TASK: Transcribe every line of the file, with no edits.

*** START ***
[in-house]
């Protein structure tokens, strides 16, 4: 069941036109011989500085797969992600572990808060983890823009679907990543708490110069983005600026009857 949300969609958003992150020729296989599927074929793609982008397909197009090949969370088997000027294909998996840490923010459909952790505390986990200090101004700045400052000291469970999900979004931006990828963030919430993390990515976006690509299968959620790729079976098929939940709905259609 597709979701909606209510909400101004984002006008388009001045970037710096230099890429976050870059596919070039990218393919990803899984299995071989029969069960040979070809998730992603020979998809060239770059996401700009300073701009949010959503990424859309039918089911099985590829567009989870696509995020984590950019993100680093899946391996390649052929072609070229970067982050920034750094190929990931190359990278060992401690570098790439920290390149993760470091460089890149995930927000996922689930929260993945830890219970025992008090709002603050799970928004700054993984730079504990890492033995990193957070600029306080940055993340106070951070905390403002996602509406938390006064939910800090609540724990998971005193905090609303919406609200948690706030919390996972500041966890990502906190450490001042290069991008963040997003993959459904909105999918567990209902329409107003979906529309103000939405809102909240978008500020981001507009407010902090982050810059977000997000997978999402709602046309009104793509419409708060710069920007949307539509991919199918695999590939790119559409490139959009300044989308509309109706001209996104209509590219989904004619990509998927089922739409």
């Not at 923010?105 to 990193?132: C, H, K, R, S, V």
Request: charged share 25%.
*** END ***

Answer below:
[in-house]
């Protein structure tokens, strides 16, 4: 069941036109011989500085797969992600572990808060983890823009679907990543708490110069983005600026009857 949300969609958003992150020729296989599927074929793609982008397909197009090949969370088997000027294909998996840490923010459909952790505390986990200090101004700045400052000291469970999900979004931006990828963030919430993390990515976006690509299968959620790729079976098929939940709905259609 597709979701909606209510909400101004984002006008388009001045970037710096230099890429976050870059596919070039990218393919990803899984299995071989029969069960040979070809998730992603020979998809060239770059996401700009300073701009949010959503990424859309039918089911099985590829567009989870696509995020984590950019993100680093899946391996390649052929072609070229970067982050920034750094190929990931190359990278060992401690570098790439920290390149993760470091460089890149995930927000996922689930929260993945830890219970025992008090709002603050799970928004700054993984730079504990890492033995990193957070600029306080940055993340106070951070905390403002996602509406938390006064939910800090609540724990998971005193905090609303919406609200948690706030919390996972500041966890990502906190450490001042290069991008963040997003993959459904909105999918567990209902329409107003979906529309103000939405809102909240978008500020981001507009407010902090982050810059977000997000997978999402709602046309009104793509419409708060710069920007949307539509991919199918695999590939790119559409490139959009300044989308509309109706001209996104209509590219989904004619990509998927089922739409």
């Not at 923010?105 to 990193?132: C, H, K, R, S, V």
Request: charged share 25%.